New Delhi: Former Reserve Bank of India (RBI) Governor Raghuram Rajan on Monday termed Urjit Patel’s resignation as a ‘mark of protest’ and said that every Indian must be concerned, implying the humongous problem. Also Read - ‘No Revenue Loss For NBFCs on 3-Month Moratorium on Loan Repayments'

“Believe resignation of RBI Governor Urjit Patel is a matter of great concern. Resignation by a government servant is a note of protest when faced with circumstances they cannot deal with,” said Rajan. “All Indians should be concerned about governor Patel’s resignation,” he added. Also Read - RBI EMI Moratorium: What Way it is Going to Benefit You | Here's Everything You need To Know



Patel, who cited personal reasons behind his decision, was in a conflict with the finance ministry over matters related to the bank’s independence. Also Read - RBI Announces Second Targeted Long Term Repo Operation, Extends Fixed Rate Reverse Repo

“On account of personal reasons, I have decided to step down from my current position effective immediately. It has been my privilege and honour to serve in the Reserve Bank of India in various capacities over the years,” the governor said in a statement.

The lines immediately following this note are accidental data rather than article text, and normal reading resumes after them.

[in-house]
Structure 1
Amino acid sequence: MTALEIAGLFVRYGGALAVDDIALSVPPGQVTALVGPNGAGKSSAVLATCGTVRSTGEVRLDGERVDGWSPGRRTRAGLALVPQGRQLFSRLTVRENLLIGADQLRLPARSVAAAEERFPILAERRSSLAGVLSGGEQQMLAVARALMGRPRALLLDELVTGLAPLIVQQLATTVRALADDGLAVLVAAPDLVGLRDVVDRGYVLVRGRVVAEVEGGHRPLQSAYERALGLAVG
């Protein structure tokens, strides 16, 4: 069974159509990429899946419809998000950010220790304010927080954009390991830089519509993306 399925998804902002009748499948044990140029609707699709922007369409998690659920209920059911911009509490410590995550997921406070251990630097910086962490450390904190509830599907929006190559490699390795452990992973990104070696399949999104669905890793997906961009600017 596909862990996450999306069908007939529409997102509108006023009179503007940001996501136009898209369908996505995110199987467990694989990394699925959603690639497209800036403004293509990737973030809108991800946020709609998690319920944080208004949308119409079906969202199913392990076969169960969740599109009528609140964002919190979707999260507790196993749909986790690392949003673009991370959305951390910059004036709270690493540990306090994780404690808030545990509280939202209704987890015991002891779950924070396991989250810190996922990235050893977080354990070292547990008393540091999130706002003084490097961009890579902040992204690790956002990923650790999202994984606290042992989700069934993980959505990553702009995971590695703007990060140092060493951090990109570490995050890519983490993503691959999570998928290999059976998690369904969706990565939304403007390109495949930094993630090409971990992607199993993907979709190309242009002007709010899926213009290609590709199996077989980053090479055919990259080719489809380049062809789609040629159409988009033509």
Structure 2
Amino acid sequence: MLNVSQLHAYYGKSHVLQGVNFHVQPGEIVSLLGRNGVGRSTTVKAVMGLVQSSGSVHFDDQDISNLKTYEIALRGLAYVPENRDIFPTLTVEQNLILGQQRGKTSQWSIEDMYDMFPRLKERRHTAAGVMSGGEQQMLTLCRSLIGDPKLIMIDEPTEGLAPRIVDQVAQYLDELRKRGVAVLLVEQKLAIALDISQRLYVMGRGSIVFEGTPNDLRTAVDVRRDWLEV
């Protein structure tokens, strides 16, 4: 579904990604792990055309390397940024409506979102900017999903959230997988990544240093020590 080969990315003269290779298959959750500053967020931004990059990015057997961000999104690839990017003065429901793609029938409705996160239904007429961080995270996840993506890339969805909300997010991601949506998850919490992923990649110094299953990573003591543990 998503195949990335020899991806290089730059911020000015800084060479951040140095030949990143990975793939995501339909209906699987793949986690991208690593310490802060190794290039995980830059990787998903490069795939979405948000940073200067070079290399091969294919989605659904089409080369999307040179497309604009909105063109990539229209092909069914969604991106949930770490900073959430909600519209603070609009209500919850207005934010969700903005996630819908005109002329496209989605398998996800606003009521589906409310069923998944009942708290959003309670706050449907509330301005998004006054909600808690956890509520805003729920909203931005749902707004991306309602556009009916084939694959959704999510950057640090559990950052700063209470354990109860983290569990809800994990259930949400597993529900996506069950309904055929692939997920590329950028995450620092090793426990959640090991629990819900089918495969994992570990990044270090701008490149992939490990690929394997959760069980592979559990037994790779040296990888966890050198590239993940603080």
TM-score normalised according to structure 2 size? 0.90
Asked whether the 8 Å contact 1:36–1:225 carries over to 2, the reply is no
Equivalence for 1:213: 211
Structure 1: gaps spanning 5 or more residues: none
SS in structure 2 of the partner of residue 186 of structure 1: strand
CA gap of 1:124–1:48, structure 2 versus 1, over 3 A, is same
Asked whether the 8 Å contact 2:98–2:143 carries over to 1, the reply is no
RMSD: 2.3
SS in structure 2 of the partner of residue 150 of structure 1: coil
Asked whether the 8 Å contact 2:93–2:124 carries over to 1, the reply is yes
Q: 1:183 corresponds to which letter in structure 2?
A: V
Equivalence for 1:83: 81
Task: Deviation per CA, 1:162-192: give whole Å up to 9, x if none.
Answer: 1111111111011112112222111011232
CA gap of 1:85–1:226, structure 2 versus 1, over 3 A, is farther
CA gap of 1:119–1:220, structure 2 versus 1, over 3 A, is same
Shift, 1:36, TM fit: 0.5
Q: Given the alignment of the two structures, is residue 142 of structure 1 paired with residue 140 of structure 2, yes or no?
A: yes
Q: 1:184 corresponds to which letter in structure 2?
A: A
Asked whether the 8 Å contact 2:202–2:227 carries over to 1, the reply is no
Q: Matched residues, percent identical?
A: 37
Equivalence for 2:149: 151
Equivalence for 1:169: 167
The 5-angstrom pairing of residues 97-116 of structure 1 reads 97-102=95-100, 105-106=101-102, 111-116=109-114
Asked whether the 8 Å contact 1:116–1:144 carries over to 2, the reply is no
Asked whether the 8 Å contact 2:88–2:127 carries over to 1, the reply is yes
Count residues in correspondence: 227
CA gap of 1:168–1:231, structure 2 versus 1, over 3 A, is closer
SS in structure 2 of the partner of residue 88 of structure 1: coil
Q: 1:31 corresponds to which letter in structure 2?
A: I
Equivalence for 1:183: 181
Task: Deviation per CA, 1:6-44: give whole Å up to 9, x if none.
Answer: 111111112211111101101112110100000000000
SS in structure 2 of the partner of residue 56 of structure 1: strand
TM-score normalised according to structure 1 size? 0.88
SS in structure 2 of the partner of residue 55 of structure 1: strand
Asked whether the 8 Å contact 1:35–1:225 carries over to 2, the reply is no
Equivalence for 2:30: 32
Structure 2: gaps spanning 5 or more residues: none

“The support and hard work of RBI staff, officers and management have been the proximate driver of the Bank’s considerable accomplishments in recent years. I take this opportunity to express gratitude to my colleagues and Directors of the RBI Central Board, and wish them all the best for the future,” he said.

The statement came after Patel stepped down from his post citing personal reasons. Patel’s resignation comes days after Finance Minister Arun Jaitley’s scathing criticism of the central bank’s “lending spree”.

There were speculations going on recently that Patel could resign due to a rift between the government and RBI. The government had demanded a relaxation in PCA norms for banks, so they can lend more. The Finance Ministry reportedly wrote to the central bank invoking Section 7 of the Banking Regulation Act (RBI), which states that directions can be issued to RBI. RBI was reluctant to do so initially, however, after a Board meeting, it loosened certain norms.